•  encourage the export of hydrocarbons along routes that bypass Russia;
  •  hinder the implementation of Russia’s integration projects.

The Obama Administration is very suspicious about the Eurasian Union project that Vladimir Putin proposed in October 2011. It would be logical to expect that the United States will indirectly resist these initiatives. Up to 2015 the key instruments that may be used to this end look as follows: (1) Washington’s support for politicians determined to distance their countries from Russia and (2) wider military and political cooperation (with direct or indirect U.S. support) between former Soviet republics and NATO and the EU.

The Arctic

In the Arctic Region there exists an objective contradiction between Russia and the U.S. Moscow is for preserving intact the Sector Principle of dividing the Arctic, which took shape in the 1920s. Washington is pressing for the internationalization of the Arctic Ocean and for an end to its sectoral division. Russia is determined to retain the Soviet sector of the Arctic through the recognition of parts of the underwater ridges Lomonosov and Mendeleev as extensions of the Siberian continental platform. Washington, as follows from the 2009 Arctic Region Policy, will be resisting this in every way it can.

Arctic disputes are closely linked with discussions on the future of the Russian and U.S. strategic nuclear forces. The United States is out to devalue the strength of Russia’s Northern Fleet – the basis of the SNF naval component. In this intention Washington has the backing of its partners. Norway and Sweden have never recognized Russia’s exclusive rights to the Northern Sea Route. Washington, Oslo and Stockholm regard the development of common ecological projects as Russia’s consent to reconsidering the status of this transport artery.

The ongoing discussion on the re-division of the Arctic is underway among five Arctic powers, four of which are members of NATO. Other Arctic powers (Norway, Denmark and Canada) are the United States’ allies under the 1949 treaty. True, the United States may have territorial disagreements with them, but none of these disagreements has a military-political connotation.

The Russia-Norway Treaty, concluded in Murmansk in 2010, may reconfigure U.S.-Russian interaction in the Arctic.

The treaty is proof of:

  •  the possibility of Russia’s dialogue with the other Arctic countries without the United States taking part;
  •  limitations of the format of Russia’s interaction with the Arctic allies of the United States (Norway, even after the delimitation of the disputed areas of the Barents Sea and Moscow’s concessions on Svalbard, refused to recognize the Northern Sea Route as Russia’s internal transport artery);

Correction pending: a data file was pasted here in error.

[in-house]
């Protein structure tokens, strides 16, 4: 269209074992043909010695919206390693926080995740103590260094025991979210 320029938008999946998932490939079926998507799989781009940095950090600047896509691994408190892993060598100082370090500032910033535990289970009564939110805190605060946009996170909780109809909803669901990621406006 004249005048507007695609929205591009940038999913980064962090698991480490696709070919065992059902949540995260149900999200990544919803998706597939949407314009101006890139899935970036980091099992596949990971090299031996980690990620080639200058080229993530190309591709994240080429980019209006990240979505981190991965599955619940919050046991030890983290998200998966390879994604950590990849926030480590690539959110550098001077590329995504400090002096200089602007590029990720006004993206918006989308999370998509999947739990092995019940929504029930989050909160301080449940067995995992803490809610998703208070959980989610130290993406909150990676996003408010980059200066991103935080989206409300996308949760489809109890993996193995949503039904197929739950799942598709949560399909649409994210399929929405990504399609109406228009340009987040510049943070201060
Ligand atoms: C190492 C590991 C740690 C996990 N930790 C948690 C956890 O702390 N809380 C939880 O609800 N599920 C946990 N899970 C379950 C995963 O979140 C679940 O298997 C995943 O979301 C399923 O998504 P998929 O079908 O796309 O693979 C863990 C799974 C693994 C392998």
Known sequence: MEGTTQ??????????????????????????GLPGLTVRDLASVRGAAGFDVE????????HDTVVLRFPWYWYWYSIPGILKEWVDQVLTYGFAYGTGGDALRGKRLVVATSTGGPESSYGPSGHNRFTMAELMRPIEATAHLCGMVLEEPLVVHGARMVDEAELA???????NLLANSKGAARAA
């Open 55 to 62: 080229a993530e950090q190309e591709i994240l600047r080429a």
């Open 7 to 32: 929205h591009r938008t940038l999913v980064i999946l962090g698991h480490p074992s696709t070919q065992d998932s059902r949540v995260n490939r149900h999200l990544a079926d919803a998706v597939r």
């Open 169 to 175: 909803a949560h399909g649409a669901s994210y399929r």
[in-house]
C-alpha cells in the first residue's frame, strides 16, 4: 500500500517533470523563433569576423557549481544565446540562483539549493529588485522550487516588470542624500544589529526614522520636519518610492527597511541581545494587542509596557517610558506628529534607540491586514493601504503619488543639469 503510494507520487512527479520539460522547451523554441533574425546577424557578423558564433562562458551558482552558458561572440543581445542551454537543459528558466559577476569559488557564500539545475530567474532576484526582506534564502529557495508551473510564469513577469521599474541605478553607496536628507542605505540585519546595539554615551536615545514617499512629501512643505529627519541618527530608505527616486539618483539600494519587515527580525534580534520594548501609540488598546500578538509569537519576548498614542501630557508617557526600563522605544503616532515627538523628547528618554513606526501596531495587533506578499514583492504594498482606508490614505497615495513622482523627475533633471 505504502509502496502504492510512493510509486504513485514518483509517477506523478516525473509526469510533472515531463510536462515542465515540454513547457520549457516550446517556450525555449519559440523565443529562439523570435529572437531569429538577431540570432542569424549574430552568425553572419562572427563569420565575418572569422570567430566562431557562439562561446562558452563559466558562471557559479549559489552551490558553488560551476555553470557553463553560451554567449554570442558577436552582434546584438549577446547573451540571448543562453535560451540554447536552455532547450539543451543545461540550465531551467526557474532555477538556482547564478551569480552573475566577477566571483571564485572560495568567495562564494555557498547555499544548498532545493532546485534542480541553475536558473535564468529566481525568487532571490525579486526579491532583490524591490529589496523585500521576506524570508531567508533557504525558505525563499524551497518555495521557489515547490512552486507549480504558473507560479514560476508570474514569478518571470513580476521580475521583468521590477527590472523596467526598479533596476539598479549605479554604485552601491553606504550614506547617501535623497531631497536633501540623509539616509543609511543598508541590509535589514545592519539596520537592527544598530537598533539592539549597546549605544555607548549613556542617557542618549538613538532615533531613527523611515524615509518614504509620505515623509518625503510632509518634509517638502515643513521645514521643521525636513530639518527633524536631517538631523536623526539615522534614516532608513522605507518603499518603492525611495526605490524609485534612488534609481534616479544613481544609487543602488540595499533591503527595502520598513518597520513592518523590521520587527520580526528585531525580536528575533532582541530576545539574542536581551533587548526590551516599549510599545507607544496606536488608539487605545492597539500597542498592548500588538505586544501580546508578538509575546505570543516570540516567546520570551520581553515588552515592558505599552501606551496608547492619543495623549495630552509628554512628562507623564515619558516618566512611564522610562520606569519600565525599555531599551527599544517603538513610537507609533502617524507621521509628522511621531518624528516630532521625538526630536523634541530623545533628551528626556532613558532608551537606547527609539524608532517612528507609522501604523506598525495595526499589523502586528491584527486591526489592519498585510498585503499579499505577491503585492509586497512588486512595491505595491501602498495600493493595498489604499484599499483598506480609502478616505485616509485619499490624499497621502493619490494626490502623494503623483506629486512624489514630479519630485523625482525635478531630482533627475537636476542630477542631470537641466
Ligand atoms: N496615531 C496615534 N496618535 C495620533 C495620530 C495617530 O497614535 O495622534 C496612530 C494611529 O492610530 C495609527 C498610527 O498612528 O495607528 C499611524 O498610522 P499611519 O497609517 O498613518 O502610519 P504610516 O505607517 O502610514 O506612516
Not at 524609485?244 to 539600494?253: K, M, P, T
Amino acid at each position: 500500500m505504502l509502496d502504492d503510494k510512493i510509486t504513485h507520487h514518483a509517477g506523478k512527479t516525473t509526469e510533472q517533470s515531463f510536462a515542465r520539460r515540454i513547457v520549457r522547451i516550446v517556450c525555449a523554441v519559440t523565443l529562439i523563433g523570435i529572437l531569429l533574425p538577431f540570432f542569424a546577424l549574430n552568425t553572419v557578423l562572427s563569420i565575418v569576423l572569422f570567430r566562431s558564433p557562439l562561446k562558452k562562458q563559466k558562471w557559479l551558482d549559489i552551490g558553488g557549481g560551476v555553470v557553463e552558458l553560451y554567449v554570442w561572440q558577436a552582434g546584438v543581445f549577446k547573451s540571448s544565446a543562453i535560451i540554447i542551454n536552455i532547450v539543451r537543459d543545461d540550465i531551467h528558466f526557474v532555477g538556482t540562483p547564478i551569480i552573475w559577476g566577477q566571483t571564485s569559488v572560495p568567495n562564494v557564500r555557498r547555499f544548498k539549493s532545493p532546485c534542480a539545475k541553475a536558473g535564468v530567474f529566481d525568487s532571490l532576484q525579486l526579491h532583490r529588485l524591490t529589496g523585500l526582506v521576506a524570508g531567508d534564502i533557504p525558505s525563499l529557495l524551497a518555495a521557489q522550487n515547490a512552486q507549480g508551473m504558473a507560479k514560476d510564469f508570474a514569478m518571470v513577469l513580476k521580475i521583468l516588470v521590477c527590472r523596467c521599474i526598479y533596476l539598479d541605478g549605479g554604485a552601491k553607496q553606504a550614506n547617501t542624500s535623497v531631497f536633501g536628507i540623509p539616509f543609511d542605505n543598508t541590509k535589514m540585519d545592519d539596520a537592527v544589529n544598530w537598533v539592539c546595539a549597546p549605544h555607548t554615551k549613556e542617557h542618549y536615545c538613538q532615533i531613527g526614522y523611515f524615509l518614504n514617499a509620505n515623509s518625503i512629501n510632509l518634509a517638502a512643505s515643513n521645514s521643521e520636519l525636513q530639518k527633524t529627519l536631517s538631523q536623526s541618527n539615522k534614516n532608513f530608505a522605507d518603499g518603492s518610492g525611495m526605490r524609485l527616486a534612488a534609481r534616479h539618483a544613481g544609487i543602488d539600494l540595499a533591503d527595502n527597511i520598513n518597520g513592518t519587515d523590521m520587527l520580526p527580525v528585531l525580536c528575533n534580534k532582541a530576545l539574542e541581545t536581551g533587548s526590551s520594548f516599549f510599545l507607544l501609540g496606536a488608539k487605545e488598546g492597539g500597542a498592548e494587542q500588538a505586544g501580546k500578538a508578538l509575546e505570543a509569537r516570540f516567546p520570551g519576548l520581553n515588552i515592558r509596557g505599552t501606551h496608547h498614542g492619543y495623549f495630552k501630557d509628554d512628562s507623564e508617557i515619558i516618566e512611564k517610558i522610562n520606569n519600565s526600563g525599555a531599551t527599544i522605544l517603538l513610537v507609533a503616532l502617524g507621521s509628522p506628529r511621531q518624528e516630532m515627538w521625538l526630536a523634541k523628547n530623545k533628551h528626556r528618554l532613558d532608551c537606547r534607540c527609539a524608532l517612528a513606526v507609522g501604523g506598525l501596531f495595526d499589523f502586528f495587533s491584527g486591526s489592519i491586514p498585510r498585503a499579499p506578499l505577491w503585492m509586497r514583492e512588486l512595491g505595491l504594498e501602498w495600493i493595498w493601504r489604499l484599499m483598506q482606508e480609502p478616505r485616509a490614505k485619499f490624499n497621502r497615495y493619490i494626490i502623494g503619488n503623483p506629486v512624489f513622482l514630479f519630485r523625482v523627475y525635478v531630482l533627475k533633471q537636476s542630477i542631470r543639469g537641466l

•  the possibility that the United States may use Moscow’s territorial concessions as a precedent for settling Russian-U.S. border disputes.

The extremely adverse climatic conditions in the Arctic and the United States’ territorial disputes with Denmark and Canada may be viewed as stabilizing factors in U.S.-Russian relations. A certain positive role may be played by joint Russian-U.S. deep sea drilling projects in the Arctic Ocean.


The ongoing trends in U.S.-Russian relations are a reason enough to say the “imposed consensus” model has exhausted itself. That model, dating back to the first half of the 1990s, implied U.S.-Russian cooperation should follow a U.S.- dominated agenda. The Obama Administration’s attempt to revive it in the guise of the ‘reset’ policy ran into Moscow’s resistance. Pretty soon this model may give way to any of the three options listed below.

Return to Minor Confrontation

The “minor confrontation” model would put an end to the ‘reset’ policy and bring back confrontationist rhetoric, the upgrading of U.S. and Russian strategic nuclear potentials and a high level of regional conflict risks. This model of interaction may be a result of the following factors:

  •  lack of a missile defense agreement between Russia and the United States;
  •  failure in negotiations on a reform of the European security system;
  •  the growing U.S.-Russia rivalry in Central Asia;
  •  the negative attitude of the U.S. establishment (irrespective of party affiliation) to the personality of Vladimir Putin;   
  •  a negative psychological climate in bilateral relations resulting from the White House’s criticism of the results of parliamentary and presidential elections in Russia.

The situation may resemble the events of 2007-2008. In response to Putin’s Munich speech the United States triggered a controlled crisis over Georgia with the aim to find out whether the Kremlin was really prepared to translate its “Munich warning” into reality. Such a crisis may be engineered any time over the next few years to probe the strength of Putin’s positions and his readiness to use force. The most likely spots for such attempts to be made are Russia’s territorial disputes with Japan, the prolonged military-political crisis over Georgia, attempts to replace the authorities of Belarus and territorial controversies in the Arctic. Also, there exists a risk of reciprocal escalation.